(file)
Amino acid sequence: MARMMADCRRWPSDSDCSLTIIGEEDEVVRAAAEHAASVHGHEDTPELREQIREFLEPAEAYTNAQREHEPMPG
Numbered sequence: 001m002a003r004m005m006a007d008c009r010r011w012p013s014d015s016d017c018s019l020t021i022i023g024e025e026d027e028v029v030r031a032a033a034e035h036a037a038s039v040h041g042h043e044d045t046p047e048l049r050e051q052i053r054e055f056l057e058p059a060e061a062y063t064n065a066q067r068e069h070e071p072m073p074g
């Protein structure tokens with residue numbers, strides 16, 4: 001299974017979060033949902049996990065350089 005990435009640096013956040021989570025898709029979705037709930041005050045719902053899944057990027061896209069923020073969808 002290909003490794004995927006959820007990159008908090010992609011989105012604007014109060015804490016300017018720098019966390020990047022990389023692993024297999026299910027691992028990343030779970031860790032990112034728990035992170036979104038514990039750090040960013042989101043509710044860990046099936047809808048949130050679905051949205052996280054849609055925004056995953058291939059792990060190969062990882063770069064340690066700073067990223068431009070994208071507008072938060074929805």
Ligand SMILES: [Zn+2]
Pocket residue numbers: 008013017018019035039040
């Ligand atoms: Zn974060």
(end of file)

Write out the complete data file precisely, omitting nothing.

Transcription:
Amino acid sequence: MARMMADCRRWPSDSDCSLTIIGEEDEVVRAAAEHAASVHGHEDTPELREQIREFLEPAEAYTNAQREHEPMPG
Numbered sequence: 001m002a003r004m005m006a007d008c009r010r011w012p013s014d015s016d017c018s019l020t021i022i023g024e025e026d027e028v029v030r031a032a033a034e035h036a037a038s039v040h041g042h043e044d045t046p047e048l049r050e051q052i053r054e055f056l057e058p059a060e061a062y063t064n065a066q067r068e069h070e071p072m073p074g
């Protein structure tokens with residue numbers, strides 16, 4: 001299974017979060033949902049996990065350089 005990435009640096013956040021989570025898709029979705037709930041005050045719902053899944057990027061896209069923020073969808 002290909003490794004995927006959820007990159008908090010992609011989105012604007014109060015804490016300017018720098019966390020990047022990389023692993024297999026299910027691992028990343030779970031860790032990112034728990035992170036979104038514990039750090040960013042989101043509710044860990046099936047809808048949130050679905051949205052996280054849609055925004056995953058291939059792990060190969062990882063770069064340690066700073067990223068431009070994208071507008072938060074929805």
Ligand SMILES: [Zn+2]
Pocket residue numbers: 008013017018019035039040
């Ligand atoms: Zn974060």